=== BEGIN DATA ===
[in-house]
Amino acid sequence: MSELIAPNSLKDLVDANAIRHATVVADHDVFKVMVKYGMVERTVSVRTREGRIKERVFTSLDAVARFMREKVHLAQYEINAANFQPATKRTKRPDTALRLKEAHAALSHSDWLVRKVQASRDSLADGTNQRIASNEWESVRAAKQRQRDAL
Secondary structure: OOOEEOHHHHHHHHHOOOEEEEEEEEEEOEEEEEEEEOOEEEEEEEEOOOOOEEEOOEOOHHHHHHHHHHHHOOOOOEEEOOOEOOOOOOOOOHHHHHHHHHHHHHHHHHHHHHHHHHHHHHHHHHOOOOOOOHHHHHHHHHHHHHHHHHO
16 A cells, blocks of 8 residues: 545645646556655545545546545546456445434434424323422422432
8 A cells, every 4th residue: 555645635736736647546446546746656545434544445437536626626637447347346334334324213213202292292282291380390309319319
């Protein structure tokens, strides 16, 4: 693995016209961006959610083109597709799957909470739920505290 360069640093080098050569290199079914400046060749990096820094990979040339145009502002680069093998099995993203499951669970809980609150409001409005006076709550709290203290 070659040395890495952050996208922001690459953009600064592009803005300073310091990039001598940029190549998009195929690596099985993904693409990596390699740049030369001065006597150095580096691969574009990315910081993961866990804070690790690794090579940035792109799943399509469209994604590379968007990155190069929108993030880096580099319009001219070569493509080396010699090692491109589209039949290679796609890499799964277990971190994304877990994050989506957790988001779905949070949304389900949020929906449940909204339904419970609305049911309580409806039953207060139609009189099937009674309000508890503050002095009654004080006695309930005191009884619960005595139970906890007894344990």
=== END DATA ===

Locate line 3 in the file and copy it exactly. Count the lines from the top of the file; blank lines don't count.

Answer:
Secondary structure: OOOEEOHHHHHHHHHOOOEEEEEEEEEEOEEEEEEEEOOEEEEEEEEOOOOOEEEOOEOOHHHHHHHHHHHHOOOOOEEEOOOEOOOOOOOOOHHHHHHHHHHHHHHHHHHHHHHHHHHHHHHHHHOOOOOOOHHHHHHHHHHHHHHHHHO